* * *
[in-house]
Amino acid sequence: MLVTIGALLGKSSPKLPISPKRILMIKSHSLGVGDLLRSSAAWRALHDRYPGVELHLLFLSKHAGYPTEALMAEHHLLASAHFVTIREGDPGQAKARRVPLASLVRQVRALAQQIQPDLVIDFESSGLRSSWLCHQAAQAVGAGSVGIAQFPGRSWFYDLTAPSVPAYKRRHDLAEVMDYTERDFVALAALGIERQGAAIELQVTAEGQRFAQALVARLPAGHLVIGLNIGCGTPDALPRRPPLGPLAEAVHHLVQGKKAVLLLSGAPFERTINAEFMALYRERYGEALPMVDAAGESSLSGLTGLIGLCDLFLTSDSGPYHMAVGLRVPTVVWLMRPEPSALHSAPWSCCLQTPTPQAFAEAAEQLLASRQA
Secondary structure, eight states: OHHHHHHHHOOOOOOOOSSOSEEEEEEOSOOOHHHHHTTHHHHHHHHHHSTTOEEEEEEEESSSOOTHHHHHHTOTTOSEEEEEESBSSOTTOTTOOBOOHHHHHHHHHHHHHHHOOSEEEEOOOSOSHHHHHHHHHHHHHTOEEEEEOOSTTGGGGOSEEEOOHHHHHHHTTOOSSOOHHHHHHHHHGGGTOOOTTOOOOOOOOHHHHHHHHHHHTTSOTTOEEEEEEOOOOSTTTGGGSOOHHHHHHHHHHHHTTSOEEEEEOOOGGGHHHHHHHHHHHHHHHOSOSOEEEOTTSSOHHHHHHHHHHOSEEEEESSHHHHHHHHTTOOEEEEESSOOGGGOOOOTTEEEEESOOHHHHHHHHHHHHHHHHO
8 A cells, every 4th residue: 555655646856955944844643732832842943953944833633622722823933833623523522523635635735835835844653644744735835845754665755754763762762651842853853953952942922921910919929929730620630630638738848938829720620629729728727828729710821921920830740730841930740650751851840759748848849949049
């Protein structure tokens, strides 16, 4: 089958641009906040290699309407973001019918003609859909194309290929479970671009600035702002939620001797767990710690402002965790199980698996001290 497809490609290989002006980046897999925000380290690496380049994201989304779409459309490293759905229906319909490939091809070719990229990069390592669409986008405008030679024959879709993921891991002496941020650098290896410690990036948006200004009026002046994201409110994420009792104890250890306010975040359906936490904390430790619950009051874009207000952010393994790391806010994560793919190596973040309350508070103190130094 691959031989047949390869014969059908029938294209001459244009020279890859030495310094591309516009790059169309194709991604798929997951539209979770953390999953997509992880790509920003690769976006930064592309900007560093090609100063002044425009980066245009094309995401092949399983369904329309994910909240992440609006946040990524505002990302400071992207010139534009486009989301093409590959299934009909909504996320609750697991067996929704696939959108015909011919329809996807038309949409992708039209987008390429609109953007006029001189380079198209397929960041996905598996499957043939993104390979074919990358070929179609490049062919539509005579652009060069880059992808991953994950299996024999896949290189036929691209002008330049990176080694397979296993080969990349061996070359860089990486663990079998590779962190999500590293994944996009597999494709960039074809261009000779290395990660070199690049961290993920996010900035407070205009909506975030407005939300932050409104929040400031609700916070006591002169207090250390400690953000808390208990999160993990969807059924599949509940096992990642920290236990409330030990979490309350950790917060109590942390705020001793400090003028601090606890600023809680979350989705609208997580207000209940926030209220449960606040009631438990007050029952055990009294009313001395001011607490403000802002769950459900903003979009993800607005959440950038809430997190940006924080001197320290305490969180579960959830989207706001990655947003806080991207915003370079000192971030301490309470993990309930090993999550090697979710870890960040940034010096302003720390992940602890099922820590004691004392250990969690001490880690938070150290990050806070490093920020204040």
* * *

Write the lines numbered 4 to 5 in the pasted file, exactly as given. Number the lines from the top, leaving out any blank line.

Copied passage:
8 A cells, every 4th residue: 555655646856955944844643732832842943953944833633622722823933833623523522523635635735835835844653644744735835845754665755754763762762651842853853953952942922921910919929929730620630630638738848938829720620629729728727828729710821921920830740730841930740650751851840759748848849949049
């Protein structure tokens, strides 16, 4: 089958641009906040290699309407973001019918003609859909194309290929479970671009600035702002939620001797767990710690402002965790199980698996001290 497809490609290989002006980046897999925000380290690496380049994201989304779409459309490293759905229906319909490939091809070719990229990069390592669409986008405008030679024959879709993921891991002496941020650098290896410690990036948006200004009026002046994201409110994420009792104890250890306010975040359906936490904390430790619950009051874009207000952010393994790391806010994560793919190596973040309350508070103190130094 691959031989047949390869014969059908029938294209001459244009020279890859030495310094591309516009790059169309194709991604798929997951539209979770953390999953997509992880790509920003690769976006930064592309900007560093090609100063002044425009980066245009094309995401092949399983369904329309994910909240992440609006946040990524505002990302400071992207010139534009486009989301093409590959299934009909909504996320609750697991067996929704696939959108015909011919329809996807038309949409992708039209987008390429609109953007006029001189380079198209397929960041996905598996499957043939993104390979074919990358070929179609490049062919539509005579652009060069880059992808991953994950299996024999896949290189036929691209002008330049990176080694397979296993080969990349061996070359860089990486663990079998590779962190999500590293994944996009597999494709960039074809261009000779290395990660070199690049961290993920996010900035407070205009909506975030407005939300932050409104929040400031609700916070006591002169207090250390400690953000808390208990999160993990969807059924599949509940096992990642920290236990409330030990979490309350950790917060109590942390705020001793400090003028601090606890600023809680979350989705609208997580207000209940926030209220449960606040009631438990007050029952055990009294009313001395001011607490403000802002769950459900903003979009993800607005959440950038809430997190940006924080001197320290305490969180579960959830989207706001990655947003806080991207915003370079000192971030301490309470993990309930090993999550090697979710870890960040940034010096302003720390992940602890099922820590004691004392250990969690001490880690938070150290990050806070490093920020204040």